The impression created in the minds of most of my fellow Africans, is that homosexual Africans are all created in the mould of the gay men and women they know, the ones who trumpet their sexual orientation from the rooftops, demanding recognition and equality. Of course homosexual people are in the minority and naturally there must be those among them whose desire it is to advocate on behalf of the millions of others who are not so courageous. But there are some truths that we must consider.
1. The aggressive advocacy and activism that seems to be the touchstone of African gay activists appears to be the only image that is portrayed of gay people in most of Africa. There are hardly any Africans who are known to be gay, unless they are activists. In the mind of the simple-minded therefore, most if not all homosexuals are aggressive. "We will not tolerate such conduct, as it seems that homosexuals want to impose their lifestyle on us". This is the reaction that we have seen to this aggressive activism. It is precisely for this reason that we have seen more stringent legislation promulgated recently.
2. In my view, although aggressive activism has had the effect of rousing the awareness of the African public to the existence in their midst of fellow citizens whose sexual orientation is different, given the image that is created by the activists, the reaction of the public has been to oppose homosexuality. Aggressive activism to me, seems to be self-defeating.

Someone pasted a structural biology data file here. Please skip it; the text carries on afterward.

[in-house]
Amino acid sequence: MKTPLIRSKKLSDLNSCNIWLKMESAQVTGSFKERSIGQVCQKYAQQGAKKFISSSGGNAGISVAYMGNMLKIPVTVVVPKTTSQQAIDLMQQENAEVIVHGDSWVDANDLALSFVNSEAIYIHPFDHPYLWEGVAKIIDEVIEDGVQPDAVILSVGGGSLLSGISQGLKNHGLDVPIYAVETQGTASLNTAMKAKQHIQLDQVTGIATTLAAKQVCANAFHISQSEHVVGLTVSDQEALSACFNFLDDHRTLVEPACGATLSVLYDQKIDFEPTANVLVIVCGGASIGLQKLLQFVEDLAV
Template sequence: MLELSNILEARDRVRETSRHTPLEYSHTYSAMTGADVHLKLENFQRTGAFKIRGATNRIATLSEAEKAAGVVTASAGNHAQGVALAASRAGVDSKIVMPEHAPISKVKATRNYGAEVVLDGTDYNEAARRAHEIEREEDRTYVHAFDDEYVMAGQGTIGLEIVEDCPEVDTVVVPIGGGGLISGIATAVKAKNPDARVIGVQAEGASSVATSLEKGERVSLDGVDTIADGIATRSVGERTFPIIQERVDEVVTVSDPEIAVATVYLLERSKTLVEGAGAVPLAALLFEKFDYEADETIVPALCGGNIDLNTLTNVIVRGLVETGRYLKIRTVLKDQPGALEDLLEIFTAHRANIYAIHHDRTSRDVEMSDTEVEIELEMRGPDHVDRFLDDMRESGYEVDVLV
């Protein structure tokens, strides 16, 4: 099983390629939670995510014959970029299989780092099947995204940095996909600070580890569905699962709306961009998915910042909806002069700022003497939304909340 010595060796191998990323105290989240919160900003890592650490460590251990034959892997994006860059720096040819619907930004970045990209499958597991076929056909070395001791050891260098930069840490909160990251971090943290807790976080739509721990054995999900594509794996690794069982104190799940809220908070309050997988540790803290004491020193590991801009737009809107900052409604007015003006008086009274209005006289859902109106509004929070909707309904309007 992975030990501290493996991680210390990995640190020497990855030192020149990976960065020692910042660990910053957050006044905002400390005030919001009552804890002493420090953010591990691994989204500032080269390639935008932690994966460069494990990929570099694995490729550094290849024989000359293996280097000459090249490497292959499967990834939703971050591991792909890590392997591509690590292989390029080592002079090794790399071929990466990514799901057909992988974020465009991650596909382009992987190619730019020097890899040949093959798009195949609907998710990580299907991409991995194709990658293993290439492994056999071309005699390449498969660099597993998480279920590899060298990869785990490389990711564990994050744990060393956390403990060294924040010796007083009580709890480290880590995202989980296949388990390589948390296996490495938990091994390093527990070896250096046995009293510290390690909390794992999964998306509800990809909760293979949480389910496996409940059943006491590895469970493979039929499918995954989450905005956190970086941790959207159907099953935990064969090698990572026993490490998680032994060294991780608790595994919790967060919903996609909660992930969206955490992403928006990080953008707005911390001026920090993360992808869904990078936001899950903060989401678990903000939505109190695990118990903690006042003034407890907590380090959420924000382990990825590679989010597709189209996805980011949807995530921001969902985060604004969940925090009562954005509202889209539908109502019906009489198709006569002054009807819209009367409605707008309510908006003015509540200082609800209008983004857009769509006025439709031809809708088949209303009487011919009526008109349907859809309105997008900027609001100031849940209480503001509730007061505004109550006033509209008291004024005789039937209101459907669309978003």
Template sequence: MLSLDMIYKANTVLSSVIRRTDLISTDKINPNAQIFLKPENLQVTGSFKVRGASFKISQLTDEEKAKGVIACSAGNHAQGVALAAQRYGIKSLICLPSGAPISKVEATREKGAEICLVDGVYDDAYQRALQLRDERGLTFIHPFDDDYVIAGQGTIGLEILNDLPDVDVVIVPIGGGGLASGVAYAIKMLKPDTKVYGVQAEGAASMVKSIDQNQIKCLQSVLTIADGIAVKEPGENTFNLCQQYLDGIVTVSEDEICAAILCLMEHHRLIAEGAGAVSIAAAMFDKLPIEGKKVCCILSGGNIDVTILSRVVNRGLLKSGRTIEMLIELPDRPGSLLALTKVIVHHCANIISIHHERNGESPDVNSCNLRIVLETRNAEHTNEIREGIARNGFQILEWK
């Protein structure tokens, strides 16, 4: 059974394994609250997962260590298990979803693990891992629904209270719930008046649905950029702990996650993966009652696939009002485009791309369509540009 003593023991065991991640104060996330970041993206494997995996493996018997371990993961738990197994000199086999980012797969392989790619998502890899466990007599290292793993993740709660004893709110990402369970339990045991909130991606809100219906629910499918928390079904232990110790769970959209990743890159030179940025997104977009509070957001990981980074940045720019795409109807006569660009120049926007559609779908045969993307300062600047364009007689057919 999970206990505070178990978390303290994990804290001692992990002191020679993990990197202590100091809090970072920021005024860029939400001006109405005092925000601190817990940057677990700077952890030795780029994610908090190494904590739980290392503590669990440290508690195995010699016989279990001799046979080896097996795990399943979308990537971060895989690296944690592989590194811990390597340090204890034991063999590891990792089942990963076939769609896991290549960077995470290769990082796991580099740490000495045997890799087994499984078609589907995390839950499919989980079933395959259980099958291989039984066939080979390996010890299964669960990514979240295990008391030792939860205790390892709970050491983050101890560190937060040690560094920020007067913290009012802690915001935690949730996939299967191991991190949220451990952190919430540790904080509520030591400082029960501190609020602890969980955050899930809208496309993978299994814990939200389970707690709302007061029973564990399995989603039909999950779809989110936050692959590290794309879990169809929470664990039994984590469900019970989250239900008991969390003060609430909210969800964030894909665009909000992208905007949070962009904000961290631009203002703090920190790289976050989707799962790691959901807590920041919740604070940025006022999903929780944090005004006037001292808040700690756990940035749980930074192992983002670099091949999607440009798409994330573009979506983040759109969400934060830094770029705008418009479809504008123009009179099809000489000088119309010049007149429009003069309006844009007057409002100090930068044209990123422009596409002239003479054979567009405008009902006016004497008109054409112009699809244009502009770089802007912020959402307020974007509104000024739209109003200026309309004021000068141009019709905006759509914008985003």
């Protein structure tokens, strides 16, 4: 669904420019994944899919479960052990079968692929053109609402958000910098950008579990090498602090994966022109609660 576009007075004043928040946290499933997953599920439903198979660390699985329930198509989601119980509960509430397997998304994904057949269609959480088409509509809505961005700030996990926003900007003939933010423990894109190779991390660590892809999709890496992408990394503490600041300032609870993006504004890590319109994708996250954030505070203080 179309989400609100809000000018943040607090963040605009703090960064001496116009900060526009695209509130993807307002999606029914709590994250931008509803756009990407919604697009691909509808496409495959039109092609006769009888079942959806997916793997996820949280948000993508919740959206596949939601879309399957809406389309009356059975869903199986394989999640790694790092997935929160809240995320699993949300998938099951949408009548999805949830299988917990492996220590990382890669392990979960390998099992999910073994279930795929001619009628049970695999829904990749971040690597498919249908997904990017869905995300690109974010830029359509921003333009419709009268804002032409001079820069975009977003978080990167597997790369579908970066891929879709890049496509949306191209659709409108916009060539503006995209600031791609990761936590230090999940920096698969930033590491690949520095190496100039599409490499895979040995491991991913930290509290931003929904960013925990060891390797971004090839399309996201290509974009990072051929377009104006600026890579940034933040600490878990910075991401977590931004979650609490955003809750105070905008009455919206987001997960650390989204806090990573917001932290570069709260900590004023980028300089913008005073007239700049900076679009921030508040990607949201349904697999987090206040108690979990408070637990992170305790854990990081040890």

3. Apart from in South Africa where rights are guaranteed constitutionally, the evidence is that most other English speaking countries on the continent have hardened their attitude towards homosexuality in recent years. And this is not because of a sudden increase in the population of homosexual men and women. Rather, this appears to me to be a direct reaction to the actions of the activists.
4. In my opinion what is required is for ordinary, everyday men and women who are gay, to put their hands up and say "Look at me, this is what a gay person looks like". Not only will the awareness be created, but the truth will be told as to who homosexual Africans really are, the brothers, sisters, relatives and friends of those who think of homosexuality only in terms of the unfavourable and unflattering information that they have been fed, a negative attitude that is worsened further by aggressive activism.
I do not believe that the activists are succeeding in achieving their objective. What I see instead is a deepening of the lack of understanding of homosexuality by Joe African Public. It is the responsibility of all gay Africans to stand up and show our brothers and sisters who we really are. Leaving it to aggressive activists is not getting us very far.